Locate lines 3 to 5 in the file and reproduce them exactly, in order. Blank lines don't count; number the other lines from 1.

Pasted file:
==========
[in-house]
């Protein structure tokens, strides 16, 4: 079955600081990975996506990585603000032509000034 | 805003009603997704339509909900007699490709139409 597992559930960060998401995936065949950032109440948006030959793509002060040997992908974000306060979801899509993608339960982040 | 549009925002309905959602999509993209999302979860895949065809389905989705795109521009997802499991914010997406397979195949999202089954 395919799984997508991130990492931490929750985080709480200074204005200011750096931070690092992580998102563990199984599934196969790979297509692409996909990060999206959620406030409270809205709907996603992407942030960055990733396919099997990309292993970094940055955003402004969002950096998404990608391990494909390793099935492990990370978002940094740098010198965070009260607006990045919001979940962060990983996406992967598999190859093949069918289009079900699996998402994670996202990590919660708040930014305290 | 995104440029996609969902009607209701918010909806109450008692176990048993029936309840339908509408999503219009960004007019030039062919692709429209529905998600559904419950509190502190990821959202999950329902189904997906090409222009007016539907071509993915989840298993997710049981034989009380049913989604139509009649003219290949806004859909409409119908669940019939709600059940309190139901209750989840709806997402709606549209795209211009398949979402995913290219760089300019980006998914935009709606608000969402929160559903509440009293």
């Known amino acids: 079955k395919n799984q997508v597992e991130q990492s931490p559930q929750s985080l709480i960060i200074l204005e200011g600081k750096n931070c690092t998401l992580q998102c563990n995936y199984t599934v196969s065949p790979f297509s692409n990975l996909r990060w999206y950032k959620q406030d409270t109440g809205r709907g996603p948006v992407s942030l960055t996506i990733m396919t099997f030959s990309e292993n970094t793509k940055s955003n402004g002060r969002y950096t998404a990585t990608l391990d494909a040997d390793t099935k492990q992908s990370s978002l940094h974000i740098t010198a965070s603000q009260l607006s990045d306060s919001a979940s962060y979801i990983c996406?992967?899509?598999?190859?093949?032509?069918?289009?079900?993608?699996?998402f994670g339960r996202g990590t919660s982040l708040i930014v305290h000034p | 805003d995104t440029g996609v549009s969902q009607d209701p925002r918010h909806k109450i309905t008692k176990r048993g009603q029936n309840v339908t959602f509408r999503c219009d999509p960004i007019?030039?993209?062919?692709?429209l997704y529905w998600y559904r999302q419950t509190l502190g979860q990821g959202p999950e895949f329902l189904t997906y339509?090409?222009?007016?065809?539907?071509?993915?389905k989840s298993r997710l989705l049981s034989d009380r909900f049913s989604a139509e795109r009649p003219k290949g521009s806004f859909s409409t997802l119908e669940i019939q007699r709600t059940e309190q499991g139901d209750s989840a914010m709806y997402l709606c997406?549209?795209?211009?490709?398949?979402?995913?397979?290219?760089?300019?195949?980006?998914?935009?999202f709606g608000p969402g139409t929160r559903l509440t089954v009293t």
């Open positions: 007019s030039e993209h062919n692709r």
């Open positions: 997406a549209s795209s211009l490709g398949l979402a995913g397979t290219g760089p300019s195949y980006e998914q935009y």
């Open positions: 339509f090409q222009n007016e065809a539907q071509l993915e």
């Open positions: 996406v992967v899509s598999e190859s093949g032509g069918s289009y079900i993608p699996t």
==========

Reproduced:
């Known amino acids: 079955k395919n799984q997508v597992e991130q990492s931490p559930q929750s985080l709480i960060i200074l204005e200011g600081k750096n931070c690092t998401l992580q998102c563990n995936y199984t599934v196969s065949p790979f297509s692409n990975l996909r990060w999206y950032k959620q406030d409270t109440g809205r709907g996603p948006v992407s942030l960055t996506i990733m396919t099997f030959s990309e292993n970094t793509k940055s955003n402004g002060r969002y950096t998404a990585t990608l391990d494909a040997d390793t099935k492990q992908s990370s978002l940094h974000i740098t010198a965070s603000q009260l607006s990045d306060s919001a979940s962060y979801i990983c996406?992967?899509?598999?190859?093949?032509?069918?289009?079900?993608?699996?998402f994670g339960r996202g990590t919660s982040l708040i930014v305290h000034p | 805003d995104t440029g996609v549009s969902q009607d209701p925002r918010h909806k109450i309905t008692k176990r048993g009603q029936n309840v339908t959602f509408r999503c219009d999509p960004i007019?030039?993209?062919?692709?429209l997704y529905w998600y559904r999302q419950t509190l502190g979860q990821g959202p999950e895949f329902l189904t997906y339509?090409?222009?007016?065809?539907?071509?993915?389905k989840s298993r997710l989705l049981s034989d009380r909900f049913s989604a139509e795109r009649p003219k290949g521009s806004f859909s409409t997802l119908e669940i019939q007699r709600t059940e309190q499991g139901d209750s989840a914010m709806y997402l709606c997406?549209?795209?211009?490709?398949?979402?995913?397979?290219?760089?300019?195949?980006?998914?935009?999202f709606g608000p969402g139409t929160r559903l509440t089954v009293t």
């Open positions: 007019s030039e993209h062919n692709r």
């Open positions: 997406a549209s795209s211009l490709g398949l979402a995913g397979t290219g760089p300019s195949y980006e998914q935009y």